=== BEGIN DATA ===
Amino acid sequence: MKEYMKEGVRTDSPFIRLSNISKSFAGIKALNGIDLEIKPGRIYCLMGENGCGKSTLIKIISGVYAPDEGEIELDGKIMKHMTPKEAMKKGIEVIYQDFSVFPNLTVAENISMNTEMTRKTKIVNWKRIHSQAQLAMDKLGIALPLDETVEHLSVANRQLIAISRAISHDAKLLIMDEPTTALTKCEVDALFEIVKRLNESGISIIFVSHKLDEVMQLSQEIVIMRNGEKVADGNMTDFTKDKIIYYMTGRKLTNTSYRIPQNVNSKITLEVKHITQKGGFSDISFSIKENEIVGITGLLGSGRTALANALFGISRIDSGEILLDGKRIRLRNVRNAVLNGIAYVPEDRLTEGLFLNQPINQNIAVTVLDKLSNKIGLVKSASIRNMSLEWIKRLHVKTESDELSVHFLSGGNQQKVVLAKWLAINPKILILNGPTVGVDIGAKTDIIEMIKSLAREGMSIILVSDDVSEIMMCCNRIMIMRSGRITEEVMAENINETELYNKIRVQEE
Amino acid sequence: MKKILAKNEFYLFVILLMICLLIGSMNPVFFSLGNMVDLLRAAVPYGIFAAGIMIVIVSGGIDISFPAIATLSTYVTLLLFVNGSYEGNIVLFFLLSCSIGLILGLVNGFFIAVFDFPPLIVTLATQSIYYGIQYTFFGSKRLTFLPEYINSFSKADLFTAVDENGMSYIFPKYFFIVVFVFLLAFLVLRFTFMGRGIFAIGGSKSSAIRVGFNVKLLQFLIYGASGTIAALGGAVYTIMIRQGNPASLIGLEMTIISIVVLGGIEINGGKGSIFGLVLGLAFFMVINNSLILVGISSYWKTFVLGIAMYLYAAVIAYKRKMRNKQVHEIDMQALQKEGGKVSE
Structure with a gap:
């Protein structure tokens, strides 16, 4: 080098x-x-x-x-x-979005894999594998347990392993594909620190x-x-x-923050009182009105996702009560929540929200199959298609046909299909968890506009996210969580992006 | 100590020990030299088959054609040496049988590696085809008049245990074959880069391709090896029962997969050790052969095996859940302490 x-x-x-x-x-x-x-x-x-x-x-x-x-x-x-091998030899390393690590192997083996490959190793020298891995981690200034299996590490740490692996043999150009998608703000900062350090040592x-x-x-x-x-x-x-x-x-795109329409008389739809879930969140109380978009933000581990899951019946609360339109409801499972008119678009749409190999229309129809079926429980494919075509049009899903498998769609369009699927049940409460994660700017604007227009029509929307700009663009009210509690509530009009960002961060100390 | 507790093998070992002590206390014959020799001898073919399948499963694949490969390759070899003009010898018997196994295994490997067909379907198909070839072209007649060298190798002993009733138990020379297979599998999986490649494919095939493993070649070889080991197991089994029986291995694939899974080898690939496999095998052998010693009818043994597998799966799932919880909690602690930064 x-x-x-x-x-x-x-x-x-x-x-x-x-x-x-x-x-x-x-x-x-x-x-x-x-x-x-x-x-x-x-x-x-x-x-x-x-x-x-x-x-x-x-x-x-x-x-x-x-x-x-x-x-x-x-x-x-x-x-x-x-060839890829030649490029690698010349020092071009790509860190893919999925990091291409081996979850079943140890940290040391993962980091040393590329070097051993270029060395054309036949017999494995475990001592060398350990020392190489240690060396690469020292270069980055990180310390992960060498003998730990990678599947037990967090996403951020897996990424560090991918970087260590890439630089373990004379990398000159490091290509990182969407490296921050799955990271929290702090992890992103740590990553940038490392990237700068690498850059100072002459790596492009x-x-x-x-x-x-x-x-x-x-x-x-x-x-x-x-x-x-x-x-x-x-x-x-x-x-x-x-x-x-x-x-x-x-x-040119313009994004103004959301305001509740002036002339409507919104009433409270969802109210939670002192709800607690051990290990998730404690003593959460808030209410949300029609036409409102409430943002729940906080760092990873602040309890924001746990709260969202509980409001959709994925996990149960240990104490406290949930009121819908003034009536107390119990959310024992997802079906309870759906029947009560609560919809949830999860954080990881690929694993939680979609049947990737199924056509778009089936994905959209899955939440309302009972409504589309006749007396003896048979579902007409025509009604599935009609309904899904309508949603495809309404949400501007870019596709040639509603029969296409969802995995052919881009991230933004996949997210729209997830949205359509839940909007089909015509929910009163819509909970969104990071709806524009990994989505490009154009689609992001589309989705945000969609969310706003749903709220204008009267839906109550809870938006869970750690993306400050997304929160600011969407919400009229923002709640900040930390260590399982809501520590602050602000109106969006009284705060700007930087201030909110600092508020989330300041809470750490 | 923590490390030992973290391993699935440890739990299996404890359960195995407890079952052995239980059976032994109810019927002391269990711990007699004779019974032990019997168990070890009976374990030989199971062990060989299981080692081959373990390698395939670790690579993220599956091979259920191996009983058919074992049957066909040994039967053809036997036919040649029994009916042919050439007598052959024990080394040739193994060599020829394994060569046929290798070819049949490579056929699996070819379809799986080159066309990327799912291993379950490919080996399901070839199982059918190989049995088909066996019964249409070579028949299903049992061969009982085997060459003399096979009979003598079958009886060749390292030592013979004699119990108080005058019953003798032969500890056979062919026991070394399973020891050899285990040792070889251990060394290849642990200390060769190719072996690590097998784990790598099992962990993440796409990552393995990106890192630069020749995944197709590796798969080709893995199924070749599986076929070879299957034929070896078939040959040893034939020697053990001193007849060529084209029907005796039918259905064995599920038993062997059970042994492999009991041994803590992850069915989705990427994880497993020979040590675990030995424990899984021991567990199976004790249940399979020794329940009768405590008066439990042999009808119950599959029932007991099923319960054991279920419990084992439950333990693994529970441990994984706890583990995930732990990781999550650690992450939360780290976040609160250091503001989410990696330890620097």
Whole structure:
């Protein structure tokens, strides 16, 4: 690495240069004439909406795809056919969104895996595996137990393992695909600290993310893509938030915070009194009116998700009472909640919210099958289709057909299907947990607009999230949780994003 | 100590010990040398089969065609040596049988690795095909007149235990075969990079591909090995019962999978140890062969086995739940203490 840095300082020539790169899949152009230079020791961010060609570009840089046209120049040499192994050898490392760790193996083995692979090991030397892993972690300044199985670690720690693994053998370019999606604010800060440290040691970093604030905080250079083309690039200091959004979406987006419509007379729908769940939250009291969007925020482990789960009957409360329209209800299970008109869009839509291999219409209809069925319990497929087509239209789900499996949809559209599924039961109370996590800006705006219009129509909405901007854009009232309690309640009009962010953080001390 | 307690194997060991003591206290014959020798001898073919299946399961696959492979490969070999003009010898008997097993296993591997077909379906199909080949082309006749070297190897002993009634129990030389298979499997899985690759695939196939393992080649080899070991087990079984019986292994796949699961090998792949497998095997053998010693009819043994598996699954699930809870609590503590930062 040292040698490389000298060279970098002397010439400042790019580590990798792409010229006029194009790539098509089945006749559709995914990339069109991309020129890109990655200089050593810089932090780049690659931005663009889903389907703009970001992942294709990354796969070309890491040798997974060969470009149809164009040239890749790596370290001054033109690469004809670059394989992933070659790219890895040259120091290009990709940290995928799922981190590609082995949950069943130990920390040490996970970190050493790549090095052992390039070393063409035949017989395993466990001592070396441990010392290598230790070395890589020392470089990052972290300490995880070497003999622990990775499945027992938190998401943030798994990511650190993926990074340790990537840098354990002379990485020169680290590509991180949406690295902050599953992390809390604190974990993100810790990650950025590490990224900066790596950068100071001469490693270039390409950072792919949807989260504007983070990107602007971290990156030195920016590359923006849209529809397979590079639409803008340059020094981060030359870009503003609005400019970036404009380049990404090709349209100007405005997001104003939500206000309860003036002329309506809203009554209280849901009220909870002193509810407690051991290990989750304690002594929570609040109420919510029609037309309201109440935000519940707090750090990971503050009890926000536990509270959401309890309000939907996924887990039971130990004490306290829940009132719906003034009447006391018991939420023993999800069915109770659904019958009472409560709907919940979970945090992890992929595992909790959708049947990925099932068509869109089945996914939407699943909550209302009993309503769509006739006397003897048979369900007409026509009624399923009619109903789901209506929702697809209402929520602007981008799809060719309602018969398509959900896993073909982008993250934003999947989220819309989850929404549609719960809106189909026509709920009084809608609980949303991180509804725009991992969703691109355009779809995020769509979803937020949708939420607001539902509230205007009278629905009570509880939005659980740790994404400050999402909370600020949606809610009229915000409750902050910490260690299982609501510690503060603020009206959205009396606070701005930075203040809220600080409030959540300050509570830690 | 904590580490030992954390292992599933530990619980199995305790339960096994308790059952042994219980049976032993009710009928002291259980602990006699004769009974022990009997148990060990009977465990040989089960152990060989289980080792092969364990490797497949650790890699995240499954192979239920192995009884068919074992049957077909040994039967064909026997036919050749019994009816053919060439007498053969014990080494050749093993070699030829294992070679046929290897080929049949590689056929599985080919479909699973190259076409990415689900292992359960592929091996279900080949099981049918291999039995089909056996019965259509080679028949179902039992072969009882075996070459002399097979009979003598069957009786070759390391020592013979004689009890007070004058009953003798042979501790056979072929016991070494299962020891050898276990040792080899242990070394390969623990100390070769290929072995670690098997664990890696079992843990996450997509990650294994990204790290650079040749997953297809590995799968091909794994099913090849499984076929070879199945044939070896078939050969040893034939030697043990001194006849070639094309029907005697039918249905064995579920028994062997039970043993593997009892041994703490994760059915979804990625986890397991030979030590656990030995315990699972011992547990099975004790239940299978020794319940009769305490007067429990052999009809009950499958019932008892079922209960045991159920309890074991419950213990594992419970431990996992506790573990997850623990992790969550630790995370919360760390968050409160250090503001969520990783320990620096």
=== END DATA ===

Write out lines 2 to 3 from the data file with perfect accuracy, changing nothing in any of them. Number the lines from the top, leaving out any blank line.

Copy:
Amino acid sequence: MKKILAKNEFYLFVILLMICLLIGSMNPVFFSLGNMVDLLRAAVPYGIFAAGIMIVIVSGGIDISFPAIATLSTYVTLLLFVNGSYEGNIVLFFLLSCSIGLILGLVNGFFIAVFDFPPLIVTLATQSIYYGIQYTFFGSKRLTFLPEYINSFSKADLFTAVDENGMSYIFPKYFFIVVFVFLLAFLVLRFTFMGRGIFAIGGSKSSAIRVGFNVKLLQFLIYGASGTIAALGGAVYTIMIRQGNPASLIGLEMTIISIVVLGGIEINGGKGSIFGLVLGLAFFMVINNSLILVGISSYWKTFVLGIAMYLYAAVIAYKRKMRNKQVHEIDMQALQKEGGKVSE
Structure with a gap: